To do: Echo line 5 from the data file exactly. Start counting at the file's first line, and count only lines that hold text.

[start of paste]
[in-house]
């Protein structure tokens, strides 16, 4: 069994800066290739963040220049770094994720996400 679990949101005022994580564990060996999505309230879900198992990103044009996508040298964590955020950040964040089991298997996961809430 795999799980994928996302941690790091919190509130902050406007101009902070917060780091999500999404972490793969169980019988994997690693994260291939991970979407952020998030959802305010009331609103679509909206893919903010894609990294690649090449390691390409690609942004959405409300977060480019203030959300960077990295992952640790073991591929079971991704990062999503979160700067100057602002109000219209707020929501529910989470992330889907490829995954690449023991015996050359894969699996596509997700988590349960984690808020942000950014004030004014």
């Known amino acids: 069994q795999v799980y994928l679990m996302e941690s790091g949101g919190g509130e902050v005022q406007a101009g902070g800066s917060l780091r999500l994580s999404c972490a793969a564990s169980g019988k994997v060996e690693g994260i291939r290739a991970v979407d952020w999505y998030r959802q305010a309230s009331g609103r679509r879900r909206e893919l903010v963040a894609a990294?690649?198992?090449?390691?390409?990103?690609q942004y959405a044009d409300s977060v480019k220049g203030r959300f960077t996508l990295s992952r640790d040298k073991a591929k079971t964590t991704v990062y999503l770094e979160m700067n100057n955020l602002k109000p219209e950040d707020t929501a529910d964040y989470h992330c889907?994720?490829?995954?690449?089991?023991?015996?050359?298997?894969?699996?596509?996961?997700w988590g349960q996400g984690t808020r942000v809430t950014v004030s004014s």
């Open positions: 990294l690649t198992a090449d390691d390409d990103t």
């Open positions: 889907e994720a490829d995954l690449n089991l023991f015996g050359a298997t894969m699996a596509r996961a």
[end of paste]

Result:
């Open positions: 889907e994720a490829d995954l690449n089991l023991f015996g050359a298997t894969m699996a596509r996961a």